BBC lays out Olympic programming plans; 1,000 more live hours than the Beijing Games
The BBC has detailed its ambitious plans for multiple-network coverage of the Olympics as well as a new streaming player that will deliver up to 24 live streams of content. “The London 2012 Olympic Games is likely to be the biggest sporting event in the UK in our lifetimes, and the BBC’s coverage will ensure that our audiences need never miss a moment,” says Roger Mosey, BBC director, London 2012. “As the nation’s broadcaster, we are committed to ensuring that viewers get the most from their Olympic experience, and our comprehensive coverage will deliver on that promise.”
Mosey says the BBC will have live coverage of every Olympic Sport from every venue, through a combination of BBC One and BBC Three, plus up to 24 simultaneous streams live online on PC, mobile, tablet, or connected TV.
“These services will be complemented by coverage on Radio 5 live, mobile, and tablet, while the majority of cable and satellite viewers will be able to access the 24 channels on their providers’ platform through the BBC Red Button,” he adds. “Alongside our Sport offering, our News services will be providing impartial news coverage on all the big Olympic stories for the duration of the Games.”
The 2012 London Olympics will represent the 15th Summer Olympic Games broadcast by the BBC, a sequence that began with the 1948 Games in London and has run unbroken since the 1960 Games in Rome.
This will be the first truly “Digital Olympics”, with the BBC offering viewers the most comprehensive coverage of an Olympic Games ever. Audiences will be able to access coverage through multiple platforms including TV, radio, and online across four screens: PC, mobile, tablet, and connected TV (including smart TVs and games consoles) and BBC Red Button, regardless of the time of day and where they are.
For the first time, the BBC will be providing live coverage of every Olympic Sport from every venue throughout the day. This will amount to around 2,500 hours of live action, over 1,000 hours more than with Beijing 2008.
A 24-hour, temporary digital radio station, Radio 5 live Olympic Extra, will complement BBC Radio 5 live and BBC Radio 5 live Sports Extra for the duration of the Games. These stations combined will bring round-the-clock news, commentary, and coverage, with the majority of the stations’ output coming live from the Olympic venues around the UK.
At bbc.co.uk/sport, users will have access to an enhanced and interactive video experience. Here viewers can watch live HD video coverage, switch among 24 live video streams, rewind live coverage, and access live data, statistics, and information while watching the action. The site also offers pages for every sport, athlete, country, and venue and immersive coverage that includes live updates and comments from across social media. There will also be video and text guides to all the sports, as well as an activity finder where those inspired to have a go at sport can find out about sessions near them.
The BBC has also developed an Olympics mobile browser site and Olympics mobile app so audiences have content at their fingertips while on the move.
Below is the complete slate of anticipated coverage from 27 July to 12 August
Live coverage on BBC Red Button and bbc.co.uk/sport
9.00am-12midnight: Every Olympic sport from every venue through up to 24 simultaneous, HD-quality, live Olympic streams. 24 channels are also available to cable and satellite viewers through the BBC Red Button.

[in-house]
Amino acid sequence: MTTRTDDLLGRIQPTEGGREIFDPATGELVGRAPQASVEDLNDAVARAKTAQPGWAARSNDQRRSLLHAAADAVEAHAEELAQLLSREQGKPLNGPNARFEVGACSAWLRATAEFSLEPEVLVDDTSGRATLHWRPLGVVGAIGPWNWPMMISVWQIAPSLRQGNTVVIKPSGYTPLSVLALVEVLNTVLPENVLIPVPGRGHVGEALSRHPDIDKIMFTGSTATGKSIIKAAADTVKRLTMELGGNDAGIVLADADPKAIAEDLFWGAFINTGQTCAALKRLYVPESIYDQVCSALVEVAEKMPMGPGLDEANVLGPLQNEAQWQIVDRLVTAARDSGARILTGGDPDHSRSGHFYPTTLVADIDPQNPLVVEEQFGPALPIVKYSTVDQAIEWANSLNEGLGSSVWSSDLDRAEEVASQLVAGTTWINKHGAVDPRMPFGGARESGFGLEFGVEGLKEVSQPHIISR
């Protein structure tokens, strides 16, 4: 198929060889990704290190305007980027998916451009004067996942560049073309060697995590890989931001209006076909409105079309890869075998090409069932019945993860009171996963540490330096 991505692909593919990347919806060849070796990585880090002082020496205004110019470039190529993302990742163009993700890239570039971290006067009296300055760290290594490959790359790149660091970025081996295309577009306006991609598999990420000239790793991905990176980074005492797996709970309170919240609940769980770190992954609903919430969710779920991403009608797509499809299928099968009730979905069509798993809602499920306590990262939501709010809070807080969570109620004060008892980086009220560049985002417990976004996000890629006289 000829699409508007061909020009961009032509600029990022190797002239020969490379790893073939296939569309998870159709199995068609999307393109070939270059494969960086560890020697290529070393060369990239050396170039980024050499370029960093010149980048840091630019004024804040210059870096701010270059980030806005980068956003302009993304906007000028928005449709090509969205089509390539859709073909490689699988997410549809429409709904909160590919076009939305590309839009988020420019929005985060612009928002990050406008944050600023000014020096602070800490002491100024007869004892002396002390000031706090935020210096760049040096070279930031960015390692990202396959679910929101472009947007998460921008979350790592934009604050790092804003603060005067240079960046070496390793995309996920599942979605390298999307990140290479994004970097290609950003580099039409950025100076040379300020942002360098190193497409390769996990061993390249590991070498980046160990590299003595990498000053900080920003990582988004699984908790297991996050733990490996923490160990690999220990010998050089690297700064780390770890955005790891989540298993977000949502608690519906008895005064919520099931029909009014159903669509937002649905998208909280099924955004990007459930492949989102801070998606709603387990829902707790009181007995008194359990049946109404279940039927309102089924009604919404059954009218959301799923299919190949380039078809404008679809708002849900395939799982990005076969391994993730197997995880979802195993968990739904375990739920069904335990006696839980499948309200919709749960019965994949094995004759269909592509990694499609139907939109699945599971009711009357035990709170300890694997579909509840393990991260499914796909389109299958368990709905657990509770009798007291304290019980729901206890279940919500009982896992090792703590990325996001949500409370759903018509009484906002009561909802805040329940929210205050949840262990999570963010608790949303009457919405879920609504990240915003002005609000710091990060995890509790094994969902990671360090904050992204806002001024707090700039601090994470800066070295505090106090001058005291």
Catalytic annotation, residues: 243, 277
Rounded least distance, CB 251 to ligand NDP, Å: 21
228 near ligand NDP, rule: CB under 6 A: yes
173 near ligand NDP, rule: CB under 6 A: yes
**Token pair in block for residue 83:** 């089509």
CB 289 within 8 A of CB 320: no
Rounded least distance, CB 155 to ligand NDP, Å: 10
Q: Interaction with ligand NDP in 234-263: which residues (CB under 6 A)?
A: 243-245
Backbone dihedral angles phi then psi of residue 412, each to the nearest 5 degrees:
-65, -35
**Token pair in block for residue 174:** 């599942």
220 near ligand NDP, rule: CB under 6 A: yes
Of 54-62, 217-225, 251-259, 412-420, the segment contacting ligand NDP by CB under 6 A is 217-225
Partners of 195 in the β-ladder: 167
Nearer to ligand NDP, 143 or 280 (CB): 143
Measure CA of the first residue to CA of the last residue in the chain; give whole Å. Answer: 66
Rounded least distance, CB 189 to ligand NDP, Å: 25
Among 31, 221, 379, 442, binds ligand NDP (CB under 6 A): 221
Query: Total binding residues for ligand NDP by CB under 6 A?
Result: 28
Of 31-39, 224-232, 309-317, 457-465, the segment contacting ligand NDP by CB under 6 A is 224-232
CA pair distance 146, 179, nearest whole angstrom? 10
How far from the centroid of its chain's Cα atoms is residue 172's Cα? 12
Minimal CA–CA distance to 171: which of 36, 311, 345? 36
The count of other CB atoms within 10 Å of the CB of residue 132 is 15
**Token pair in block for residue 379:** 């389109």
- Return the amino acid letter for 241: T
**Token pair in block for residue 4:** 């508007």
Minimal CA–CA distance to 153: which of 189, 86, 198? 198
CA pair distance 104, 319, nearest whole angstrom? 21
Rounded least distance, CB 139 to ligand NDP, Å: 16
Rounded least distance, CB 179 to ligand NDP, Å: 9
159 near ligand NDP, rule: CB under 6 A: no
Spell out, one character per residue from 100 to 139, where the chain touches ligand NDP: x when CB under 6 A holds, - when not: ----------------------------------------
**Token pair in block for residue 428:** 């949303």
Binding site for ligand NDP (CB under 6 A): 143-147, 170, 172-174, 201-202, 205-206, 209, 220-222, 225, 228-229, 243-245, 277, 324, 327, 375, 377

6.00am-9.00am: BBC One/BBC One HD. Olympic Breakfast. A combination of Hazel Irvine and Bill Turnbull or Chris Hollins and Sian Williams start the day with a look at the main stories from the day before and the highlights from the day ahead, also incorporating national and regional news and weather.
9.00am-11.30am: BBC One/BBC One HD. Mishal Husain brings the first of the day’s live action from the athletics, rowing, and swimming heats. Venue presentation by Matt Baker, Clare Balding, Jonathan Edwards, Jake Humphrey, and John Inverdale.
11.30am-1.45pm: BBC One/BBC One HD. The live action continues into the afternoon with Matt Baker, Clare Balding, or Hazel Irvine.Focus will remain on the athletics, rowing, and swimming heats, plus other events, including the men’s triathlon.
1.45pm-4.00pm: BBC One/BBC One HD. Clare Balding, Jake Humphrey, or Hazel Irvine takes on the baton, focusing on the conclusion of such events as the cycling road races, tennis finals, equestrian, and diving.
4.00pm-7.00pm: BBC One/BBC One HD. Sue Barker brings the action from the track cycling, gymnastics, tennis, and equestrian.
7.00pm-10.35pm: BBC One/BBC One HD. Gary Lineker takes us through the evening and into the night with action from the competition finals, including the athletics and swimming.
10.40pm-midnight: BBC One/BBC One HD. Gabby Logan, in the company of star guests from the world of sport and beyond, focuses on the stories and personalities that have dominated the day and looks at the sport still in progress.
00.15am-1.00am: BBC One/BBC One HD. Olympic SportsDay. Dan Walker rounds up the main stories from the day’s action.
1.00pm-1.45pm, 6.00pm-7.00pm, 10.00pm-10.40pm
Coverage switches from BBC One to BBC Two during the main BBC News bulletins.
9.00am-7.00pm: Manish Bhasin, Rishi Persad, or Sonali Shah will complement BBC One with some of the best action from the 26 sports at the Games.
7.00pm-11.00pm: Jake Humphrey presents the best of the live action from the football, hockey, boxing, and basketball.
BBC News: BBC One (1.00pm-1.45pm, 6.00pm-7.00pm, 10.00pm-10.40pm); BBC News Channel (including daily Olympics highlights programmes at 6.30pm, 10.30pm, and 00.30pm) and bbc.co.uk/news
BBC News will be bringing viewers all the stories from inside and outside of the Olympic venues, 24 hours a day, on the usual BBC One bulletins, the BBC News Channel, and bbc.co.uk/news.